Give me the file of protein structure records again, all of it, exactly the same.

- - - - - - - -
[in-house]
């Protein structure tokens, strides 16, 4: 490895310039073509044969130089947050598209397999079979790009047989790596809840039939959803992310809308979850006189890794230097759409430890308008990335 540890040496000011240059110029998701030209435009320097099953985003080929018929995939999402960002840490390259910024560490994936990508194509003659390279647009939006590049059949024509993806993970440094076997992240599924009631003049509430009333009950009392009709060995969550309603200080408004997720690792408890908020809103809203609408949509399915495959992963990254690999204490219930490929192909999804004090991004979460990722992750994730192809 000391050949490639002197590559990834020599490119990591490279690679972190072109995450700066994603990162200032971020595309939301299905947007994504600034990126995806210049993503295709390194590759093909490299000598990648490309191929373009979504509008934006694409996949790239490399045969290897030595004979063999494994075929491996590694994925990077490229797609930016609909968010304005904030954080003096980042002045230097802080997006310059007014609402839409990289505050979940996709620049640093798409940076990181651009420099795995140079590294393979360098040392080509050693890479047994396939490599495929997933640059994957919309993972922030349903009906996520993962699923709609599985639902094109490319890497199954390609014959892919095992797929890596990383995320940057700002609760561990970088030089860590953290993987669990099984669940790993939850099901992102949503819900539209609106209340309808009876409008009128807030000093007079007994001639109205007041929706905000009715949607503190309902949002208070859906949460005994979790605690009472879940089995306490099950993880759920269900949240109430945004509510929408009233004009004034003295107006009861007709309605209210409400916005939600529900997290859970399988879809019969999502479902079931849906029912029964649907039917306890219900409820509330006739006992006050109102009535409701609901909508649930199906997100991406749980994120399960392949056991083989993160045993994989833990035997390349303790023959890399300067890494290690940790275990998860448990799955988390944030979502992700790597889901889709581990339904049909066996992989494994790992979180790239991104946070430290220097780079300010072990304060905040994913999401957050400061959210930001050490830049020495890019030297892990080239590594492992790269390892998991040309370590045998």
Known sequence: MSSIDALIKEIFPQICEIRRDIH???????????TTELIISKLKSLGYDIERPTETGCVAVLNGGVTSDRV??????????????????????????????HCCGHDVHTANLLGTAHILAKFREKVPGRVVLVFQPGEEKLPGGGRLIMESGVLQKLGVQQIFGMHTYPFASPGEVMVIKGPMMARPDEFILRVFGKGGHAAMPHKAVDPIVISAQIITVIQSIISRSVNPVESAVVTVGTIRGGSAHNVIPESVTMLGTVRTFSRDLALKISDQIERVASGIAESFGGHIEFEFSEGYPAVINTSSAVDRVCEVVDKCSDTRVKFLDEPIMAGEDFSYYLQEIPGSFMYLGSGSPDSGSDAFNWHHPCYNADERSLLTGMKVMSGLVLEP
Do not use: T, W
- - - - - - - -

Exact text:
[in-house]
């Protein structure tokens, strides 16, 4: 490895310039073509044969130089947050598209397999079979790009047989790596809840039939959803992310809308979850006189890794230097759409430890308008990335 540890040496000011240059110029998701030209435009320097099953985003080929018929995939999402960002840490390259910024560490994936990508194509003659390279647009939006590049059949024509993806993970440094076997992240599924009631003049509430009333009950009392009709060995969550309603200080408004997720690792408890908020809103809203609408949509399915495959992963990254690999204490219930490929192909999804004090991004979460990722992750994730192809 000391050949490639002197590559990834020599490119990591490279690679972190072109995450700066994603990162200032971020595309939301299905947007994504600034990126995806210049993503295709390194590759093909490299000598990648490309191929373009979504509008934006694409996949790239490399045969290897030595004979063999494994075929491996590694994925990077490229797609930016609909968010304005904030954080003096980042002045230097802080997006310059007014609402839409990289505050979940996709620049640093798409940076990181651009420099795995140079590294393979360098040392080509050693890479047994396939490599495929997933640059994957919309993972922030349903009906996520993962699923709609599985639902094109490319890497199954390609014959892919095992797929890596990383995320940057700002609760561990970088030089860590953290993987669990099984669940790993939850099901992102949503819900539209609106209340309808009876409008009128807030000093007079007994001639109205007041929706905000009715949607503190309902949002208070859906949460005994979790605690009472879940089995306490099950993880759920269900949240109430945004509510929408009233004009004034003295107006009861007709309605209210409400916005939600529900997290859970399988879809019969999502479902079931849906029912029964649907039917306890219900409820509330006739006992006050109102009535409701609901909508649930199906997100991406749980994120399960392949056991083989993160045993994989833990035997390349303790023959890399300067890494290690940790275990998860448990799955988390944030979502992700790597889901889709581990339904049909066996992989494994790992979180790239991104946070430290220097780079300010072990304060905040994913999401957050400061959210930001050490830049020495890019030297892990080239590594492992790269390892998991040309370590045998």
Known sequence: MSSIDALIKEIFPQICEIRRDIH???????????TTELIISKLKSLGYDIERPTETGCVAVLNGGVTSDRV??????????????????????????????HCCGHDVHTANLLGTAHILAKFREKVPGRVVLVFQPGEEKLPGGGRLIMESGVLQKLGVQQIFGMHTYPFASPGEVMVIKGPMMARPDEFILRVFGKGGHAAMPHKAVDPIVISAQIITVIQSIISRSVNPVESAVVTVGTIRGGSAHNVIPESVTMLGTVRTFSRDLALKISDQIERVASGIAESFGGHIEFEFSEGYPAVINTSSAVDRVCEVVDKCSDTRVKFLDEPIMAGEDFSYYLQEIPGSFMYLGSGSPDSGSDAFNWHHPCYNADERSLLTGMKVMSGLVLEP
Do not use: T, W